CC: The business of studios these days, is without a doubt a franchise or high profile film business with budgets exceeding $60 million plus. Studios are cutting their risks with projects that have built in audiences and followers. It’s now up to the independent world to make quality films that studios will no longer make. There will be more opportunities to get into certain projects. The trick will be finding a way to make them work both here and overseas, so their equity investors can get their money back.
Certain actors will be more in demand than before and certain genre of films will stay consistent in the market place. You will see more people in the independent world trying to adapt to the changing times by exploring different ways of funding their films to ensure success such as: social media, crowd funding, new TV platforms, digital, or pursing aggressive co-productions. The industry is definitely shifting, but if we stay on top of it, I think there will be more opportunities for the independent world to succeed.
HM: Another interesting trend I see, is women in leading roles topping the box office with Cameron Diaz succeeding with revenge rom-com The Other Woman, and Shailene Woodley with the Divergent franchise and also beating out Tom Cruise’s Edge of Tomorrow with her leading role in The Fault in Our Stars. Studios more often than not, have bet on leading men like a Hugh Jackman or a Will Smith or Tom Cruise at his height, to bring in the money on opening weekend. With the success of women recently, do you see this as a lasting model?
CC: Unfortunately most of the finance models we use to ensure investors get their money back are modeled after the foreign market, where male driven films continue to rule. Action films speak a universal language, so stars like Tom Cruise and Will Smith will always have an appeal to the young and old alike.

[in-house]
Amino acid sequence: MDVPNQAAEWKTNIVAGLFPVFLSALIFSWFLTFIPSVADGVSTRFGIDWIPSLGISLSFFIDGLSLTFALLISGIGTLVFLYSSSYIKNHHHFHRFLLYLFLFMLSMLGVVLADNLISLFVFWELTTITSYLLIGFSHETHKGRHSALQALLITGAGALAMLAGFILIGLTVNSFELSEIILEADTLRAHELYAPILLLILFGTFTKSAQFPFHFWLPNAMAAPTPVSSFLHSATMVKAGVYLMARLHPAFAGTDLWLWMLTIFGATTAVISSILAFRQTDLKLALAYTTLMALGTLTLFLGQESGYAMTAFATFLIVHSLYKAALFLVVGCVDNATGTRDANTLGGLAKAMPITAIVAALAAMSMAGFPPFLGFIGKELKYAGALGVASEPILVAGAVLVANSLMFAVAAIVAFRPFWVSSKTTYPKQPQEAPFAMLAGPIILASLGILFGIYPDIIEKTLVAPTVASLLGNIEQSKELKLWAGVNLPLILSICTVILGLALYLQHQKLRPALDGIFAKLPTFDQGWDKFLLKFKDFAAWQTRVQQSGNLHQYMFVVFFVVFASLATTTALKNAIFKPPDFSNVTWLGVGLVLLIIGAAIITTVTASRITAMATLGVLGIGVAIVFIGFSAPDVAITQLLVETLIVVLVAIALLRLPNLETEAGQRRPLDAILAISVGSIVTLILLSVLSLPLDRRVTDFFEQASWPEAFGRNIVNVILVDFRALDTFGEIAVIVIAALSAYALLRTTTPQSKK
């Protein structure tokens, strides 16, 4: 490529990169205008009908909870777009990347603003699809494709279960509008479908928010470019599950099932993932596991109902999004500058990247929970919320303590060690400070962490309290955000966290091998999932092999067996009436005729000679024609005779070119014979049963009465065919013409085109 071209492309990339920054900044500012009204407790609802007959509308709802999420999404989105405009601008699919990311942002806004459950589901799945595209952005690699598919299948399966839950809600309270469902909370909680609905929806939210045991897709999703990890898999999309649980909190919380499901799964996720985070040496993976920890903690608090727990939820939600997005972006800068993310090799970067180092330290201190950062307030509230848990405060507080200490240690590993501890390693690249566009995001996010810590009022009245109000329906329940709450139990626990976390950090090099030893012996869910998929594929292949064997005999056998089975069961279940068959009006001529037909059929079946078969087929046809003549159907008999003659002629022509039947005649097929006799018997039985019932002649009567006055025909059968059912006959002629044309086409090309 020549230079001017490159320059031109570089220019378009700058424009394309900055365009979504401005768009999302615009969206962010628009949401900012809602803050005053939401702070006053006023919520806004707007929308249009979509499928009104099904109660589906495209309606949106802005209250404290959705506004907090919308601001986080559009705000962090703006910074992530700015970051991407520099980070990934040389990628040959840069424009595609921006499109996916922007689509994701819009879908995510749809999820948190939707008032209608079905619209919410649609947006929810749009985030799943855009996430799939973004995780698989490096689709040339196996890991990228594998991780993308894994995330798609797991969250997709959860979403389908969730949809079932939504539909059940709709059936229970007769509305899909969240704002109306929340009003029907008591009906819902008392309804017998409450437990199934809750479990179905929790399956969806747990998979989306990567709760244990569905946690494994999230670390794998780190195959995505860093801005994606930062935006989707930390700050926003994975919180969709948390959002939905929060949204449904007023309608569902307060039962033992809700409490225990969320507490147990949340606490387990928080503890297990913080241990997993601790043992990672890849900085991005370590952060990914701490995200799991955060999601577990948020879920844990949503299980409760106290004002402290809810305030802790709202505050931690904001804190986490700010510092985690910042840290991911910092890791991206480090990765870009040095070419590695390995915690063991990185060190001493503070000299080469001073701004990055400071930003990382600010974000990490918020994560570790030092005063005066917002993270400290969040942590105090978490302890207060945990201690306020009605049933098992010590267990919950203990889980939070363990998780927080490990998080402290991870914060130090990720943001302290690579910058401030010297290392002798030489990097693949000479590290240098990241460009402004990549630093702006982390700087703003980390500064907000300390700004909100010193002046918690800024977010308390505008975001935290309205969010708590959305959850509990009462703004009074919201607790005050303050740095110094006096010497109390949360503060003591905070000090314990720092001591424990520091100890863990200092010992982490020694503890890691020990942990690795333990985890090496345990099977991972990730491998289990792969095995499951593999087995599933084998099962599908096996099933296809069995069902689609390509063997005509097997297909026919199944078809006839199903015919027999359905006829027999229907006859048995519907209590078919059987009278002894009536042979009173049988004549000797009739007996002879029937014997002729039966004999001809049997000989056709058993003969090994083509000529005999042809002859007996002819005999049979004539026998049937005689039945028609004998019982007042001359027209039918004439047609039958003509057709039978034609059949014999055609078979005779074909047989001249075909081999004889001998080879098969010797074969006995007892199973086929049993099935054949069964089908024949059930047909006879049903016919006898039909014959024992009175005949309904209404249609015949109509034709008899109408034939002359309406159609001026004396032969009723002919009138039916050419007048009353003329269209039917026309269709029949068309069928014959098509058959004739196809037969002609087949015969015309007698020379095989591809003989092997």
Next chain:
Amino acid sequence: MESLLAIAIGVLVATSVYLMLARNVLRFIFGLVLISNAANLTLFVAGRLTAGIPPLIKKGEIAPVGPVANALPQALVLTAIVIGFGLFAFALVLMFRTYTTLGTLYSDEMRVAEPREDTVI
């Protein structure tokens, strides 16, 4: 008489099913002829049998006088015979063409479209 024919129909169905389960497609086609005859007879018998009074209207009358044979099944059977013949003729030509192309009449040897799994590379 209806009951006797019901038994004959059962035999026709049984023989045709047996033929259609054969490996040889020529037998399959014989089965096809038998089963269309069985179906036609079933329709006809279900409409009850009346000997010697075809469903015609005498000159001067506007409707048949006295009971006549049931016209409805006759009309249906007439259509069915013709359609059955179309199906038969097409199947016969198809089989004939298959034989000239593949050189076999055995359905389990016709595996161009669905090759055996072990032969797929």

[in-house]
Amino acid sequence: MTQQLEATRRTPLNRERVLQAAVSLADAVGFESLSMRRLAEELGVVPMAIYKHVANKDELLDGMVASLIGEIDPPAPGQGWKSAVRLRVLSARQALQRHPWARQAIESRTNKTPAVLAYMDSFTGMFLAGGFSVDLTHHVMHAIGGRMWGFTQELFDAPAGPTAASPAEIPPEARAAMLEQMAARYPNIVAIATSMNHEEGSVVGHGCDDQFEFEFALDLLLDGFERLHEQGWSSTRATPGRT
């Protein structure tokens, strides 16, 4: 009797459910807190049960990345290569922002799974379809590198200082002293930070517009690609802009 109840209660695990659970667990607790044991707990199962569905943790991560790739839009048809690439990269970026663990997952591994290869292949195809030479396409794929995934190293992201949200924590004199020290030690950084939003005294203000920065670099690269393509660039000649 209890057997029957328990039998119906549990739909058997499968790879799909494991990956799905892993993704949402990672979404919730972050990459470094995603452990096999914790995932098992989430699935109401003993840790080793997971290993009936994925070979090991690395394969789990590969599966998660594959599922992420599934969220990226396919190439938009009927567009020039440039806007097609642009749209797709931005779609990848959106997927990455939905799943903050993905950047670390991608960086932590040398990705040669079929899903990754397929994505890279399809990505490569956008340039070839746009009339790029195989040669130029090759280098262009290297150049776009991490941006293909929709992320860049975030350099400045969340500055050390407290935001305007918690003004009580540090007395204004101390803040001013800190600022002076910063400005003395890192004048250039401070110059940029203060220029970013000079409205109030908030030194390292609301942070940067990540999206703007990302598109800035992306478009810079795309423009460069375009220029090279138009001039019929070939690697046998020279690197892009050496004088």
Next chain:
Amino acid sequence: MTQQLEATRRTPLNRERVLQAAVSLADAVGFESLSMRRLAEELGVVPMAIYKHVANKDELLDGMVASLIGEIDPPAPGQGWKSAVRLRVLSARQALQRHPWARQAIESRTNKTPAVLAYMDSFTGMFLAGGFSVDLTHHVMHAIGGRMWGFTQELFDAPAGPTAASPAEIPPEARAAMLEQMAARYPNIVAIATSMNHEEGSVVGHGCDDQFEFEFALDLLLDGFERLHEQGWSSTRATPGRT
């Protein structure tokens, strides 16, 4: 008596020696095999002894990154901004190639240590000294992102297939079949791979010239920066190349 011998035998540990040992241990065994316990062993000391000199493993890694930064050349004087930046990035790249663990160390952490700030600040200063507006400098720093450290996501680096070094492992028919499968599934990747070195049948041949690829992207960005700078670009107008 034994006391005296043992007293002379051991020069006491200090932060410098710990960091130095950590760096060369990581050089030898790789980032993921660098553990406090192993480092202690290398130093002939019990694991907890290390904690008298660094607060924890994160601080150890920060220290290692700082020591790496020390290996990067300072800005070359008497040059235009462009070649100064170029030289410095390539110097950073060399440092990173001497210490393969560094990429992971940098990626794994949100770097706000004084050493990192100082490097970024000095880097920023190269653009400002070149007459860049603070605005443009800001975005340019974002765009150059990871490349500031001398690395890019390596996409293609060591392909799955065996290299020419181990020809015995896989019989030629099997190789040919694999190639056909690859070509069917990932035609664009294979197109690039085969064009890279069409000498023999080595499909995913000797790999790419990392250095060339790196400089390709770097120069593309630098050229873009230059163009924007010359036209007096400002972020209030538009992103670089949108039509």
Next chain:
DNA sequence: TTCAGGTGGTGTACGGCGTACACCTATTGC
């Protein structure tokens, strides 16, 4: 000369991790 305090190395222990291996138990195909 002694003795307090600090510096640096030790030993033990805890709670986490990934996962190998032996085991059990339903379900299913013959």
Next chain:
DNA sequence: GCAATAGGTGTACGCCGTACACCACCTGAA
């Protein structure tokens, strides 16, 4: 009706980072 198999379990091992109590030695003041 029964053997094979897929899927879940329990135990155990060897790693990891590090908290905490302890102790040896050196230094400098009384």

Domestically, this trend is changing somewhat with the success of Melissa McCarthy in broad comedies and consistent female crossover stars like Sandra Bullock or Jennifer Lawrence. I doubt female stars will ever equal male stars globally, but you can finance certain female driven films easier than you could in the past.
HM: What advice do you have for young film makers? Top 3 tips…
CC: A) Study the marketplace and know what kind of films are being made/working.
B) Know your audience and how to market your film to that demographic.
C) Make sure you are passionate about whatever project you ultimately choose to get involved with. There are many obstacles to getting a film made; your passion and drive will help you see it through.
HM: Some might not know this, but you have a whole other life as a songwriter with chart topping tunes to your name. Tell me about the importance of music in your life.
CC: I love music. If I weren’t in the film business, I would have wanted to become a music executive. Imagine a film without music – you can’t. A great score or an appropriately placed tune can make you smile, weep, or bring back a memory in a matter of minutes.
I love to listen to music in my downtime. I still go to concerts, love watching the Grammys, and frequent classic rock stations. I have a huge respect for all musicians. I am the West Coast Chair of Little Kids Rock, a music based charity, which allows me to stay involved in this world. Maybe one day I’ll go back into writing songs…it would certainly be a fun thing to explore.
HM: Tell me something we’d be surprised to know about you?
CC: I was one of the youngest world champions in American horseback riding. When I was growing up, my family had a hotel in South Florida. They always wanted my sister and I to shine on our own, away from the hotel spotlight. So they decided to sign us up for riding lessons at a very early age.
By the time I was 14, I had already won world champion titles in several competitions including equestrian, three gaited and five gaited horses. I guess this instilled my work ethic and my desire to succeed.
HM: Where would I find you on a typical Friday night?
CC: At home entertaining. I am a Southern girl at heart, which means my refrigerator is always full and my bar is always stocked. I love to have people over to watch a movie or just hang out surrounded by good conversation.
HM: If you look out on the horizon, say five years down the line, where do you see yourself personally and professionally?
CC: Personally and professionally I see myself doing exactly what I am doing now. I can honestly say that I love my life. I am in a profession that makes me happy and I am able to be involved with charities that allow me to give back…life is so good, I can’t imagine changing a thing.